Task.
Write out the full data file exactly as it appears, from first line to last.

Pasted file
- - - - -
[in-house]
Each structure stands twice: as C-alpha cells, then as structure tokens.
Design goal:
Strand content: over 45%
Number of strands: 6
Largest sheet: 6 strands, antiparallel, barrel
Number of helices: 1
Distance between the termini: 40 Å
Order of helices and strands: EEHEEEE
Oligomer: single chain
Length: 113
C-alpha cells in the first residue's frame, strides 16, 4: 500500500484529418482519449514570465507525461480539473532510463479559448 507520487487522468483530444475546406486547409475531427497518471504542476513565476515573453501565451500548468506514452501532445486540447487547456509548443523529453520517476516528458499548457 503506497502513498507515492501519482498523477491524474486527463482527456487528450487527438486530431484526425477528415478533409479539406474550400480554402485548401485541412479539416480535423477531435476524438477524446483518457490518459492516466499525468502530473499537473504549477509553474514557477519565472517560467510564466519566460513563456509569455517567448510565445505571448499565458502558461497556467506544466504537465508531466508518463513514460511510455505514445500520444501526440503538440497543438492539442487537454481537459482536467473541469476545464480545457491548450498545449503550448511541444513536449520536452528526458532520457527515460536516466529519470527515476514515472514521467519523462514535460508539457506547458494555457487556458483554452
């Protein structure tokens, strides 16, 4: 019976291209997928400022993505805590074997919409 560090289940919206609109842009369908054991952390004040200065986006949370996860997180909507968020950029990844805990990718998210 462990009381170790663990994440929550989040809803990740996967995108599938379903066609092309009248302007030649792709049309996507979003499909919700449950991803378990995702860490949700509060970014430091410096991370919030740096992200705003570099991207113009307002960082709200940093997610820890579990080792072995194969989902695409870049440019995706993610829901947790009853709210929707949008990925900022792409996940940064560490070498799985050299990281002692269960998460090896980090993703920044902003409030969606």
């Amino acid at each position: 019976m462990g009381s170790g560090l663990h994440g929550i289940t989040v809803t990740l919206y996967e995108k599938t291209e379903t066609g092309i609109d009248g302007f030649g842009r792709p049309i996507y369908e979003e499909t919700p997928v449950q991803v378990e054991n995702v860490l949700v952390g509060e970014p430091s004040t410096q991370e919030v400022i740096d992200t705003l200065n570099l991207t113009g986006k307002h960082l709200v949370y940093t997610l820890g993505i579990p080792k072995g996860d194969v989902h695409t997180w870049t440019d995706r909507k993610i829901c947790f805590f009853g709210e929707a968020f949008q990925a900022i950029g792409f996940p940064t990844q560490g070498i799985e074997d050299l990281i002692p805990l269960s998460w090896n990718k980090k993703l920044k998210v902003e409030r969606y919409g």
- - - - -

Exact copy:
[in-house]
Each structure stands twice: as C-alpha cells, then as structure tokens.
Design goal:
Strand content: over 45%
Number of strands: 6
Largest sheet: 6 strands, antiparallel, barrel
Number of helices: 1
Distance between the termini: 40 Å
Order of helices and strands: EEHEEEE
Oligomer: single chain
Length: 113
C-alpha cells in the first residue's frame, strides 16, 4: 500500500484529418482519449514570465507525461480539473532510463479559448 507520487487522468483530444475546406486547409475531427497518471504542476513565476515573453501565451500548468506514452501532445486540447487547456509548443523529453520517476516528458499548457 503506497502513498507515492501519482498523477491524474486527463482527456487528450487527438486530431484526425477528415478533409479539406474550400480554402485548401485541412479539416480535423477531435476524438477524446483518457490518459492516466499525468502530473499537473504549477509553474514557477519565472517560467510564466519566460513563456509569455517567448510565445505571448499565458502558461497556467506544466504537465508531466508518463513514460511510455505514445500520444501526440503538440497543438492539442487537454481537459482536467473541469476545464480545457491548450498545449503550448511541444513536449520536452528526458532520457527515460536516466529519470527515476514515472514521467519523462514535460508539457506547458494555457487556458483554452
């Protein structure tokens, strides 16, 4: 019976291209997928400022993505805590074997919409 560090289940919206609109842009369908054991952390004040200065986006949370996860997180909507968020950029990844805990990718998210 462990009381170790663990994440929550989040809803990740996967995108599938379903066609092309009248302007030649792709049309996507979003499909919700449950991803378990995702860490949700509060970014430091410096991370919030740096992200705003570099991207113009307002960082709200940093997610820890579990080792072995194969989902695409870049440019995706993610829901947790009853709210929707949008990925900022792409996940940064560490070498799985050299990281002692269960998460090896980090993703920044902003409030969606």
């Amino acid at each position: 019976m462990g009381s170790g560090l663990h994440g929550i289940t989040v809803t990740l919206y996967e995108k599938t291209e379903t066609g092309i609109d009248g302007f030649g842009r792709p049309i996507y369908e979003e499909t919700p997928v449950q991803v378990e054991n995702v860490l949700v952390g509060e970014p430091s004040t410096q991370e919030v400022i740096d992200t705003l200065n570099l991207t113009g986006k307002h960082l709200v949370y940093t997610l820890g993505i579990p080792k072995g996860d194969v989902h695409t997180w870049t440019d995706r909507k993610i829901c947790f805590f009853g709210e929707a968020f949008q990925a900022i950029g792409f996940p940064t990844q560490g070498i799985e074997d050299l990281i002692p805990l269960s998460w090896n990718k980090k993703l920044k998210v902003e409030r969606y919409g």